Re: [PrimeNumbers] Web--of--Ones
- Wednesday, March 15, 2006 8:11 AM [GMT+1=CET],
Phil Carmody <thefatphil@...> escribió:
> --- aldrich617 <aldrich617@...> wrote:Thanks to Phil and Jose, I was slightly obtuse ...
>> I am searching for a way to prove the following Theorem:
>> For any integer 'B', the value 'A' of the equation
>> A = 5B^4 -10B^3 + 20B^2 -15B +11 will have as factors only
>> integers that end in a one, excluding all others.
>> This seems to be true at least up to 10^18. I think that proving
>> it could give us new insights into primality testing,
>> and factoring. Moreover there are similar equations, vast in
>> number, apparently with the same property, that could then probably
>> be verified to be similar threads of pure one. Together these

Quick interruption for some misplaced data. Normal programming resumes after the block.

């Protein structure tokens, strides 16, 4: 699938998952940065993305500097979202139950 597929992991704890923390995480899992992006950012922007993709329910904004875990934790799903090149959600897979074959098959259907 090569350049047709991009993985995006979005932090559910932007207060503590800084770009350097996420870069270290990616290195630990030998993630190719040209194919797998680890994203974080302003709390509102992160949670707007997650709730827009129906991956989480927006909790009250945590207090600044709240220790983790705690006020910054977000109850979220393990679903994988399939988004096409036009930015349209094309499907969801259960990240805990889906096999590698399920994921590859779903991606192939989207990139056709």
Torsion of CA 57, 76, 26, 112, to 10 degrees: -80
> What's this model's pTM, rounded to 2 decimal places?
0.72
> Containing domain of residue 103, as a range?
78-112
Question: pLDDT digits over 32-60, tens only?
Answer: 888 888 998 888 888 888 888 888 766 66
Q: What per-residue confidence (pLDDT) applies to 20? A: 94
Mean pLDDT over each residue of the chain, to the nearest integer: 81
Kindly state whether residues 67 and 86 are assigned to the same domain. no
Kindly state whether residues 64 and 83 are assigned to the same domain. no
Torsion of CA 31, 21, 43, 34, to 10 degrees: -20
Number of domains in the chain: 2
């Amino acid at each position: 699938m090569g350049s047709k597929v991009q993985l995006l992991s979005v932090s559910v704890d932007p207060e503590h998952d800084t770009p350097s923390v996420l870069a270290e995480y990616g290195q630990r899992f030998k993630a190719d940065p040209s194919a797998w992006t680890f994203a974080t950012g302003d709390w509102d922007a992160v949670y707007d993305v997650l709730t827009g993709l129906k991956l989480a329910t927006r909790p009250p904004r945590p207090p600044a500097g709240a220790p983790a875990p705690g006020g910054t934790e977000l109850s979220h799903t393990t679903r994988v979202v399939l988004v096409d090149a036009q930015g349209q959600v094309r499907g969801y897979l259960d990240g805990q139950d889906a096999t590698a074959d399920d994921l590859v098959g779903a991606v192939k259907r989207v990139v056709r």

>> would form an infinite interconnecting web.
> Can you tell us how you discovered that polynomial?
> The discriminant is very smooth, being 5^3*11^2, and I suspect that
> that's an essential ingredient to a proof.
> It seems that if p== +/-1 mod 10, then your polynomial splits at
> least into 2 quadratics, and if p== +1 mod 10, then at least one of
> those quadratics splits.
> This property should be easily explainable, but alas it's late and my
> brain's on holiday. (I wrote this last night, but forgot to send).
But, someone could tell us how to prove that it must be p = 1 (mod 10)?
Thanks in advance,
Ignacio Larrosa Cañestro
A Coruña (España)